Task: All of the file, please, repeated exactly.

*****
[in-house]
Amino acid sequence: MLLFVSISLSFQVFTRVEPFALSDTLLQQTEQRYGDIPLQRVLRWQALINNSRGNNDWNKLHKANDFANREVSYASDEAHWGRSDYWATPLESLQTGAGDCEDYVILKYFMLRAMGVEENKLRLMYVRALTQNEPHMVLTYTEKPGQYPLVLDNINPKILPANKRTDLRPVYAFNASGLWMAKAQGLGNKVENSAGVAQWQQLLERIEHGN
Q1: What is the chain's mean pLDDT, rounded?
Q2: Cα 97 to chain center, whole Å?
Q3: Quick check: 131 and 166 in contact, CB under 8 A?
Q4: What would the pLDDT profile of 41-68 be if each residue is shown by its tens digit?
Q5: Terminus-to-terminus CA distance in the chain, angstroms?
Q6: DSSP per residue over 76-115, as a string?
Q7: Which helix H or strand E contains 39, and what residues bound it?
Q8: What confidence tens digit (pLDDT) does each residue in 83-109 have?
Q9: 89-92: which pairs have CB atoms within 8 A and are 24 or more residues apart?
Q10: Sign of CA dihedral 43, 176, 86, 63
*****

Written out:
[in-house]
Amino acid sequence: MLLFVSISLSFQVFTRVEPFALSDTLLQQTEQRYGDIPLQRVLRWQALINNSRGNNDWNKLHKANDFANREVSYASDEAHWGRSDYWATPLESLQTGAGDCEDYVILKYFMLRAMGVEENKLRLMYVRALTQNEPHMVLTYTEKPGQYPLVLDNINPKILPANKRTDLRPVYAFNASGLWMAKAQGLGNKVENSAGVAQWQQLLERIEHGN
Q1: What is the chain's mean pLDDT, rounded?
Q2: Cα 97 to chain center, whole Å?
Q3: Quick check: 131 and 166 in contact, CB under 8 A?
Q4: What would the pLDDT profile of 41-68 be if each residue is shown by its tens digit?
Q5: Terminus-to-terminus CA distance in the chain, angstroms?
Q6: DSSP per residue over 76-115, as a string?
Q7: Which helix H or strand E contains 39, and what residues bound it?
Q8: What confidence tens digit (pLDDT) does each residue in 83-109 have?
Q9: 89-92: which pairs have CB atoms within 8 A and are 24 or more residues apart?
Q10: Sign of CA dihedral 43, 176, 86, 63